Rise of the Smartphone

Navid Chowdhury
June 10, 2012

Submitted as coursework for PH250, Stanford University, Spring 2012

The first call ever made from a mobile phone was from a AT&T car phone in 1946. [1] But the first ever phone call to be made from a handheld phone was in 1973 by Martin Cooper, the man widely regarded as the father of mobile phones. [2] On April 3rd 1973, he held a 2 lbs Motorolla phone to his ear and walked down the pavement in midtown Manhattan, while onlookers looked with awe and utter surprise. [2] That phone was eventually commercially released in 1993 at a then cost of $3500 (now equivalent to $7000) under the name Motorolla DynaTAC 800X. [2]

Cell phones have come a long way since then and we are at an evolutionary stage where cell phones aren't only meant to be for phone calls or text messages. Today cell phone is used as a device to access the internet, as a GPS, an entertainment box and a full fledged video recording device. And all of these features have been possible through the advent of a new generation of cell phone called the Smartphone.

Smartphone are regarded smarter because it comes with many more features than its predecessor, the regular feature phone. The multi-tasking feature of the Smartphone is what sets it apart from a regular cell phone. IBM Simon Personal Communicator is generally regarded as the very first Smartphone ever. [3] It was released in 1993 and had mobile phone, charger, fax machine and PDA rolled into one. [3] PDA's until then were only used as a personal organizer, but with the advent of IBM Simon, PDA enabled with mobile phone became a major source of interest among mobile phone manufacturers of the mid 90s. Eventually PDA's multi-functionality coupled with regular cell phone gave birth to the generation of Smartphone. Some people liken PDA's as the Neanderthal of the evolution of cell phones and Smartphone as the natural successor. [4]

Since the leap from PDA to Smartphone, there has been very little change in the hardware arena of the Smartphone. Today software and network services dictate user experience when it comes to Smartphone instead of hardware configuration. [4] According to Adam Lynch, principal analyst at Ovum, it is the eventual convergence between mobile and desktop platforms that will define the success of Smartphone in the near future. [4] We can already see signs of Smartphone technology that is making other technological products obsolete in our life. Smartphone, with its ability stream live TV and movies, has potentially become a rival to the traditional TV entertainment. Also, according to Gartner, a major technology research company, by 2012 half of all business junket attendees will travel without their laptops as their Smartphones will suffice. [4] Smartphone is banking on improving user experience by making itself the sole device a man will need for all his technological needs. As software begin to emulate hardware (ex: cloud storage emulates hard disk), it is not impossible to imagine that we will be able to carry our life in our pocket in a few short years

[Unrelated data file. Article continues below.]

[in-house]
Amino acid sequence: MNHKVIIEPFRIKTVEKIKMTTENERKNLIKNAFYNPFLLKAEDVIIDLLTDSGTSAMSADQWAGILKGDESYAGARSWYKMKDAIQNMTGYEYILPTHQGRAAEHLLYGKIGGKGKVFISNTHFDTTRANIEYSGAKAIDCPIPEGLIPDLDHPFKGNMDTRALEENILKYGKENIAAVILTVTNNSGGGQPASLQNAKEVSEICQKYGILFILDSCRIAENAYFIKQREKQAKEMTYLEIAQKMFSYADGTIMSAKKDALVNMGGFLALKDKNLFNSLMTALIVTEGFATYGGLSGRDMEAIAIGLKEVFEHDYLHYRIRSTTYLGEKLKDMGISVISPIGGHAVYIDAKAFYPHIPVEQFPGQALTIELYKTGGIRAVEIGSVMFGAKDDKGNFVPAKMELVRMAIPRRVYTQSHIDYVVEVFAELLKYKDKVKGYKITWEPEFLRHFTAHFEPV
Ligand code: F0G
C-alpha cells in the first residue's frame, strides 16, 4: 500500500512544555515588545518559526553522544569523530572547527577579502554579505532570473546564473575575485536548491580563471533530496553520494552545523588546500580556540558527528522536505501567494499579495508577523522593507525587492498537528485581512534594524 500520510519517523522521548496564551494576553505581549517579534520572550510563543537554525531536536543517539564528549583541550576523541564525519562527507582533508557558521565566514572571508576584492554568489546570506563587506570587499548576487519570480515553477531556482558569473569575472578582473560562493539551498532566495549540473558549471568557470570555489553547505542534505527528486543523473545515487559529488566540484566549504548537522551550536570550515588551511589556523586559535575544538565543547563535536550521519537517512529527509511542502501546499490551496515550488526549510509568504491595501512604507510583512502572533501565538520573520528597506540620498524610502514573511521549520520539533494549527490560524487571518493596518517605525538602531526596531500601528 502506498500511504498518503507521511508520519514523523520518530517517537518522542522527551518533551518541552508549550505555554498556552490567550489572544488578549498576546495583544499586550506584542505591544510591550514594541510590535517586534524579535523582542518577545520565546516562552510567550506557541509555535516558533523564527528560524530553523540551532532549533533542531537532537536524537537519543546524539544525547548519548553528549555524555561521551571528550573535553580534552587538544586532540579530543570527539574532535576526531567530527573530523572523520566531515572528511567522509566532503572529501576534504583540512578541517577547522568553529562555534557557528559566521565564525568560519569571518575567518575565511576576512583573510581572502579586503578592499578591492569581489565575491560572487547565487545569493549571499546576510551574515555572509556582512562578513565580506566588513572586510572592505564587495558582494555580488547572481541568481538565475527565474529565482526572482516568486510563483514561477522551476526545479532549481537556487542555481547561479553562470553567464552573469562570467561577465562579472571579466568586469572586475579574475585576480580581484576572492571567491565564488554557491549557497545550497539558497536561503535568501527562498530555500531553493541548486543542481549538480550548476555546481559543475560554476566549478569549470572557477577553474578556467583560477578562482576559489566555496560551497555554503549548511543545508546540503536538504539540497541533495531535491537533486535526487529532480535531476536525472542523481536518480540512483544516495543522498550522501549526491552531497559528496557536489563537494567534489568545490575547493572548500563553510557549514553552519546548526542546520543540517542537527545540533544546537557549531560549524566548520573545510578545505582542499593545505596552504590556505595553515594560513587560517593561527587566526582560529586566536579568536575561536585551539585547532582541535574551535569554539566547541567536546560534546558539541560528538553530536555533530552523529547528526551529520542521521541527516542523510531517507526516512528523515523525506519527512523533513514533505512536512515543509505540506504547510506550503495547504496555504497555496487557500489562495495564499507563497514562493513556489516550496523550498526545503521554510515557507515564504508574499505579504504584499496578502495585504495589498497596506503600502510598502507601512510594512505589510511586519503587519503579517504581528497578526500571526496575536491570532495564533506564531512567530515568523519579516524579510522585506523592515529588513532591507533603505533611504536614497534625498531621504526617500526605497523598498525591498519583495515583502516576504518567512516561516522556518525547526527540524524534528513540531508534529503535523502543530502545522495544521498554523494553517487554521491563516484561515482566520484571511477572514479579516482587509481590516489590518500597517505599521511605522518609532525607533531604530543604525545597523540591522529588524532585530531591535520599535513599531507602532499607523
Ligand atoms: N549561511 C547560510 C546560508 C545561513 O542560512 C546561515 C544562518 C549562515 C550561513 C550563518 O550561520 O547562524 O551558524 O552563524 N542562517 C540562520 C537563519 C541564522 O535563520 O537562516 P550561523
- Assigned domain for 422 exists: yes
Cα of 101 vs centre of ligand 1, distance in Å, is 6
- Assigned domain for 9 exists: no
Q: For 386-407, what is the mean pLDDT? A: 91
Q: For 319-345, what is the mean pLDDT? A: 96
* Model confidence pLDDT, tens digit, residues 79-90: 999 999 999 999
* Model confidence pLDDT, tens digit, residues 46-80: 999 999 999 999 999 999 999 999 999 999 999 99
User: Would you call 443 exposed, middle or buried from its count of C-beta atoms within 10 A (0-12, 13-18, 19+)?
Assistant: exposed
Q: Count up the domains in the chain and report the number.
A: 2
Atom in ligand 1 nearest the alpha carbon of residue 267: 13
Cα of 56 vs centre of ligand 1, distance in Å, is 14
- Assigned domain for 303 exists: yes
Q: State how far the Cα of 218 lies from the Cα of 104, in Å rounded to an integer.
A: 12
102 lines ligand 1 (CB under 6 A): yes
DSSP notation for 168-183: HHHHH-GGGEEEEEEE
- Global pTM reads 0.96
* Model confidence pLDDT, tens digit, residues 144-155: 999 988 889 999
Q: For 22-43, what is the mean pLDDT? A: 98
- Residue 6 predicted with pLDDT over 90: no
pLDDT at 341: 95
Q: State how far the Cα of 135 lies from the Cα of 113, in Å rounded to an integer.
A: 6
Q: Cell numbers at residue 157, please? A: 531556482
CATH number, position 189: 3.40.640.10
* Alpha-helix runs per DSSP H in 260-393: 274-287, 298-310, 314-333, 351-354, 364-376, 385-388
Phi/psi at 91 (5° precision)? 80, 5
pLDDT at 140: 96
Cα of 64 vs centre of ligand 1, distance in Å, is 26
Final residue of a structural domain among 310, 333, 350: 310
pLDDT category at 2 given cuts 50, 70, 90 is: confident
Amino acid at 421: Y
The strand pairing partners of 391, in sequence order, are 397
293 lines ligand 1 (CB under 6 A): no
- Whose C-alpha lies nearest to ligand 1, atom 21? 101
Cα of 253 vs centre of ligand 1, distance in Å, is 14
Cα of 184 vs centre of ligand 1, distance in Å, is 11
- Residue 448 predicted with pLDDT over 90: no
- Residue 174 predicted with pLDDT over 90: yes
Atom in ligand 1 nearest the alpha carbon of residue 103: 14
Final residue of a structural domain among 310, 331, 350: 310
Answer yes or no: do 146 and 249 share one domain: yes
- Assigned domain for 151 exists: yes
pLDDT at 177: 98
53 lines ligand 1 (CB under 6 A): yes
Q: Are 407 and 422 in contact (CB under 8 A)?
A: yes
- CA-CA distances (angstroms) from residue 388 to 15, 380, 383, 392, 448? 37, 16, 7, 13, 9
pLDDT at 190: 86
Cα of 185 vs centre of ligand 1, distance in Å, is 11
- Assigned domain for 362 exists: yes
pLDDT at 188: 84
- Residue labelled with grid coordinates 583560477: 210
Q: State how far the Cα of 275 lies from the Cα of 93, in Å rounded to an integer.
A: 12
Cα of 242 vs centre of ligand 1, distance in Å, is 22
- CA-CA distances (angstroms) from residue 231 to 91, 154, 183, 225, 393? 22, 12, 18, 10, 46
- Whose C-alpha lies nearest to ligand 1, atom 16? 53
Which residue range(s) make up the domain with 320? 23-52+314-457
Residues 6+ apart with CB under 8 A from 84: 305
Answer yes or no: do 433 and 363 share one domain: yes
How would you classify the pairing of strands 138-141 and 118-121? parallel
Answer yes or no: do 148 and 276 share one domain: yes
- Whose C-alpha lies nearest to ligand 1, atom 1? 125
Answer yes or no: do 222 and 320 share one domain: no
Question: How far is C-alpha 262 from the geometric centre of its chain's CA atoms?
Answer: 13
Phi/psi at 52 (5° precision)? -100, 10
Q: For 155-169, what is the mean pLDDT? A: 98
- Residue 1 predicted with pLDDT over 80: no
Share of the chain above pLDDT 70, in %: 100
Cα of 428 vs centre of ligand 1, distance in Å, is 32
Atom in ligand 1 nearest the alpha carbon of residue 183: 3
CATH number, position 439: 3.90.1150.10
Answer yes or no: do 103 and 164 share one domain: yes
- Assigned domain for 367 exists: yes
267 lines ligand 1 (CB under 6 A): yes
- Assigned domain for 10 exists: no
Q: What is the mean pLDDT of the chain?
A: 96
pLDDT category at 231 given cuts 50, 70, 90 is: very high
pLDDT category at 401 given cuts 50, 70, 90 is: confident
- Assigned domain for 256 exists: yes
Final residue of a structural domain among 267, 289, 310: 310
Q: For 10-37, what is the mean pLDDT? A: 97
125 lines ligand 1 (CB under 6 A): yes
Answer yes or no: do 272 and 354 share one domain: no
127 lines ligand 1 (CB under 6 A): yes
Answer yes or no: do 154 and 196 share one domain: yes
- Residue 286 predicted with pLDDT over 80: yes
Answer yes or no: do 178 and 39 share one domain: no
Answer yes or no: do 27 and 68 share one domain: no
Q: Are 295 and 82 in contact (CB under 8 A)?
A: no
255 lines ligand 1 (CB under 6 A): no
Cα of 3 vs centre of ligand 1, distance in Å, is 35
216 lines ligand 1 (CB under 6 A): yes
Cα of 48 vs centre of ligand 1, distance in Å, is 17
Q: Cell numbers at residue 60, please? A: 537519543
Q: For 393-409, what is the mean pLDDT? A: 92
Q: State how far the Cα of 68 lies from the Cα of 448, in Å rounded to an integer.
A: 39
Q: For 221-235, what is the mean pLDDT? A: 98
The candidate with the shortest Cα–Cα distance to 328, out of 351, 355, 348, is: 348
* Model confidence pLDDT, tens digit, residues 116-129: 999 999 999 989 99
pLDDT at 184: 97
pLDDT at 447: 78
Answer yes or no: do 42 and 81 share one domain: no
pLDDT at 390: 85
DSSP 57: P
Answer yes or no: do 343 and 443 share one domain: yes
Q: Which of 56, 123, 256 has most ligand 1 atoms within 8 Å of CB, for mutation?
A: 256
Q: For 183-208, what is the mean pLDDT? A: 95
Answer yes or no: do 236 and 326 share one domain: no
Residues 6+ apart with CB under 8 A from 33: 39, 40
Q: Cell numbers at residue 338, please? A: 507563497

© Navid Chowdhury. The author grants permission to copy, distribute and display this work in unaltered form, with attribution to the author, for noncommercial purposes only. All other rights, including commercial rights, are reserved to the author.


[1] J. Wilson, "Gallery: The Evolution of Mobile Phones," CNN, 7 Oct 11.

[2] M. Shiels, "A Chat With the Man Behind Mobiles," BBC News, 21 Apr 03.

[3] K. Jaiswal, "A Short History of How Phones Got Smart," The Economic Times, 6 Mar 12.

[4] A. Charlesworth, "The Ascent of the Smartphone," Engineering and Technology Magazine 4, No.3, 32 (2009).